You may have heard our Lizzie on the Radio this morning chatting to the BBC about plastic in chewing gum. From the very start of our business this issue has been on our minds however it remains a challenge. For anyone who is interested in this issue we wanted to give you an update on what we are trying to do.
Since 2014 our gum base has been made of a mix of natural and synthetic rubbers. It is the synthetic part which is like a plastic. It is nice and chewy, completely safe, makes a great gum base however it is the plastic bit which is cause for concern.
A chewy gum base which has some plastic in it has a few issues, the most obvious is that when gum is discarded irresponsibly (i.e. not in a bin), it sticks to the ground making a pretty disgusting mess. The other issue is while the amount of plastic in the gum base is small, even when disposed of in a considerate way, it will still take a long time to decompose.
The possible solutions
Plastic Free Gum Base
Our original solution was to use a 100% natural gum base which had no plastic in it. This was great in theory but in reality, it did not make a great chewing gum. It was not a nice chew, often got messy and did a poor job of holding flavour.
We also had lots of sourcing issues which meant that we could not carry on with this ingredient even if we thought the end product was up to scratch. We have always been transparent about our challenges and if you want a reminder of why we had to make the switch to a more conventional gum base click here.
We have never stopped looking for a natural alternative but have yet to come up with one. We salute those companies that are on a mission to use an all natural gum base, but like we did they still run into problems with quality and flavour. We would love to think we can achieve the holy grail of having a gum with a great tasting, robust chew made from all natural ingredients soon but until then there is a trade-off to be made.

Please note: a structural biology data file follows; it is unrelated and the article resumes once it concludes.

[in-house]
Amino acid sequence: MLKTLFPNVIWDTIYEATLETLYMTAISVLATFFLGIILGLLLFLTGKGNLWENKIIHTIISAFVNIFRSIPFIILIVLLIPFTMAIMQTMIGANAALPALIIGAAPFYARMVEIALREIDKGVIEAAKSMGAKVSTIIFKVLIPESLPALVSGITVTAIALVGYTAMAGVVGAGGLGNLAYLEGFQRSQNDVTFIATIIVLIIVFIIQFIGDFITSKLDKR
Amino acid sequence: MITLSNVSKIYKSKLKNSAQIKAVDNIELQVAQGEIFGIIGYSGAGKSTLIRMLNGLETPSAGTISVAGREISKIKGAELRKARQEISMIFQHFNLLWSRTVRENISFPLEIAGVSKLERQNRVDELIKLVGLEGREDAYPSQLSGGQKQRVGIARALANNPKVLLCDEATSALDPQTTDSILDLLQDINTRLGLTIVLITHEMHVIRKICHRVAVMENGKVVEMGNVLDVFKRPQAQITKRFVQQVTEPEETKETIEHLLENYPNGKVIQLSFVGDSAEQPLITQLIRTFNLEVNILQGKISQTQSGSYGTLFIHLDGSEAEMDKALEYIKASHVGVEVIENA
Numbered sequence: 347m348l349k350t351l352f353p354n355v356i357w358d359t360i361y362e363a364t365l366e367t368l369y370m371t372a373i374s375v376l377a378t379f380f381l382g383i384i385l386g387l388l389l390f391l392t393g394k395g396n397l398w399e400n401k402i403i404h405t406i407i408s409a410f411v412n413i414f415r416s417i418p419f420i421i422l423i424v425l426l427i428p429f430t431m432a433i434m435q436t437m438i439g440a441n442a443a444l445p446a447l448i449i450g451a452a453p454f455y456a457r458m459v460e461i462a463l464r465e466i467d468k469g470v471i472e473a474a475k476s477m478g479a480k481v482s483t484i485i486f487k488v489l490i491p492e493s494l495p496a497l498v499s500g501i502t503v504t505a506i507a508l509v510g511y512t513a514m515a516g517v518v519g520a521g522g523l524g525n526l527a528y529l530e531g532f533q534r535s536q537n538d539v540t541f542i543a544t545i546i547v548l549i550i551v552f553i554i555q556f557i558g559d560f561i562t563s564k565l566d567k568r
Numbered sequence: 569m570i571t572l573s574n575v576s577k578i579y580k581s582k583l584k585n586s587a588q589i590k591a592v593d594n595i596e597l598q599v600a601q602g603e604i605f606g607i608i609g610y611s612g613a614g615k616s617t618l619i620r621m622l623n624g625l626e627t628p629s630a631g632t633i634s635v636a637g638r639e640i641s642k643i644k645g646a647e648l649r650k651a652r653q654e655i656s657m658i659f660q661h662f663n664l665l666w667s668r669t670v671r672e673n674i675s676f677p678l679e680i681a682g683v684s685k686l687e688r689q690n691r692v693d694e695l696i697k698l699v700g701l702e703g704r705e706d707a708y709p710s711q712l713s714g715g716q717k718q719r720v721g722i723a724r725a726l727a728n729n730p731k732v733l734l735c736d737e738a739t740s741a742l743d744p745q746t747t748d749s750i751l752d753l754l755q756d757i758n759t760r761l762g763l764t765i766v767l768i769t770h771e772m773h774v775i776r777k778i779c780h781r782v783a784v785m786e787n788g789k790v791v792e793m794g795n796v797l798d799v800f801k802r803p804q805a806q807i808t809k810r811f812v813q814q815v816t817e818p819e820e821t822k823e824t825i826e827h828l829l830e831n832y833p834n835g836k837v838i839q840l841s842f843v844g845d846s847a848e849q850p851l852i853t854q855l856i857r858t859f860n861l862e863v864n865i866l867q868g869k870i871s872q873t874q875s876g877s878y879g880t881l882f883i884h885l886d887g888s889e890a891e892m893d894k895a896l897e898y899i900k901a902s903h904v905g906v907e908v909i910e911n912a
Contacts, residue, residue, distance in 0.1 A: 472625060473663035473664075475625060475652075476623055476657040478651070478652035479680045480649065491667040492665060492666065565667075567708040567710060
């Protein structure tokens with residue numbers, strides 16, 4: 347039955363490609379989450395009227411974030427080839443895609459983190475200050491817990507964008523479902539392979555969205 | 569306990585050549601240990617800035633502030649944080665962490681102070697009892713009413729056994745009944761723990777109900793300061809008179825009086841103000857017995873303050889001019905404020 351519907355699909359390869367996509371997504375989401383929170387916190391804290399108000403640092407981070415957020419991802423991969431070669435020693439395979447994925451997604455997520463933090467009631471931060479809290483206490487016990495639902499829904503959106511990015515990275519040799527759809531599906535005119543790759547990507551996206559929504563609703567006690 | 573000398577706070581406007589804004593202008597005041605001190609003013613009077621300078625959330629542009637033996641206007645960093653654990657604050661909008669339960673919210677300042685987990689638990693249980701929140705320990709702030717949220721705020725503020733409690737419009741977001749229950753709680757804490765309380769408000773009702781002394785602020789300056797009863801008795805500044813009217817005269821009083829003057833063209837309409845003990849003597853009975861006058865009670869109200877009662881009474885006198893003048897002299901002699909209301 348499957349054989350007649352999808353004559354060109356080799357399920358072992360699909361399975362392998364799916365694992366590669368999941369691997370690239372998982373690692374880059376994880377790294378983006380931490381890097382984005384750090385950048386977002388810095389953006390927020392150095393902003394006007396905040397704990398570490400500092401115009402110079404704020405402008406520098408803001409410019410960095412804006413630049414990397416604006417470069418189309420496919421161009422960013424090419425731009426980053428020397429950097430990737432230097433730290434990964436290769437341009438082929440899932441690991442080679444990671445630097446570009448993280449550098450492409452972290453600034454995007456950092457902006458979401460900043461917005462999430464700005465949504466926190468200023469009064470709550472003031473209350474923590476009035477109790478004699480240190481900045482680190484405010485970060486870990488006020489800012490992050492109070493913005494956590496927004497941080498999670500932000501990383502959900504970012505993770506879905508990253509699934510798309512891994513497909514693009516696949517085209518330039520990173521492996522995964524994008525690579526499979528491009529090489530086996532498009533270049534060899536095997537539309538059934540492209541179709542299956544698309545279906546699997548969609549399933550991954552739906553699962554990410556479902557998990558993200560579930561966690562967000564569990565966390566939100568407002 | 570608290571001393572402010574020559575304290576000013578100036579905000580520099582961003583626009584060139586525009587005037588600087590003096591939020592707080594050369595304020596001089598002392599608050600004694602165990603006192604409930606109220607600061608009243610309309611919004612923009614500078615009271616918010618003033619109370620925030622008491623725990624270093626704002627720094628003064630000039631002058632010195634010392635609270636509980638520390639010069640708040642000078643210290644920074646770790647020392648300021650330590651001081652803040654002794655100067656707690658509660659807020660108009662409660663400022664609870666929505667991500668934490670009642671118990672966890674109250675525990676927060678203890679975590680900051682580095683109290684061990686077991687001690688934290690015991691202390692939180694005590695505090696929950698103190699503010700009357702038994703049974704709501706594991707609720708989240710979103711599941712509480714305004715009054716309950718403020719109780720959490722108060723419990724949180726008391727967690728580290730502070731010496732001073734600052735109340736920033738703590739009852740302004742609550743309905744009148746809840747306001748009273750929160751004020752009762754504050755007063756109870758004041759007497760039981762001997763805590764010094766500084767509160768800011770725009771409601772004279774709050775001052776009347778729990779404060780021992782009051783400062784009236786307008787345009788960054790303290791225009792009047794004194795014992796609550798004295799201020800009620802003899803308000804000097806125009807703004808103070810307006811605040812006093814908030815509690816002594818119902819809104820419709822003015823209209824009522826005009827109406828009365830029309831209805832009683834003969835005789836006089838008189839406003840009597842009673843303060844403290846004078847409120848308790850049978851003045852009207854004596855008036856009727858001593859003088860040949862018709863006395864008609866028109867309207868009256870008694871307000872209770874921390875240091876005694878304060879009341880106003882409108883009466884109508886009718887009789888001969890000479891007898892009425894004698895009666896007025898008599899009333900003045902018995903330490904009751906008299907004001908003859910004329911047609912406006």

There has been a lot of industry research into coming up with a biodegradable gum however again the real challenge has been to come up with something which tasted good and gave a good chewing experience. In 2010 a Bristol based company Revolymer spent over £10M coming up with a biodegradable gum called Rev 7 (https://en.wikipedia.org/wiki/Rev7_Gum) which they launched in the US and UK to big fan fare. Despite all their good intentions and investment they product did not sell and was later re-incarnated into a nicotine gum.
Turning used gum base into something useful
When we first set up Peppersmith, it was great to meet Anna Bullus and her ideas for turning used gum into something useful (like the soles of these shoes below). It is great to see Anna back in the news this month still crusading to make use of old gum and having fun in the process. If there were more people like Anna around maybe we would not have a problem. Click here to see more about Anna’s mission.
No more chewing gum
If we can’t crack some of the challenges above, a lot of people may ask whether the best thing is to give up on gum all together? Aside from the fact that lots of people really love to chew gum we could never advocate this due to the health benefits derived from chewing gum.
Just as your old toothpaste tube needs to be thrown away, so does your gum. Both products are an important part of looking after yourself and your teeth, we just need to take care to dispose or recycle them in the right way.
We agree that plastic in gum is an issue and we will continue to work away in the background to try and find alternatives.
We hate gum litter just as much as you do and would support any initiatives with government and local authorities to curb anti-social gum litter.
For the moment we believe the benefits of chewing gum far outweigh the negatives but understand it’s a trade-off.
As a last thought, if we still have not convinced you gum should remain a part of your life, please don’t forget about our mints. No plastic, just fantastic.
If you have any thoughts our ideas on this issue we would love to hear from your by writing a comment below or emailing us at firstname.lastname@example.org.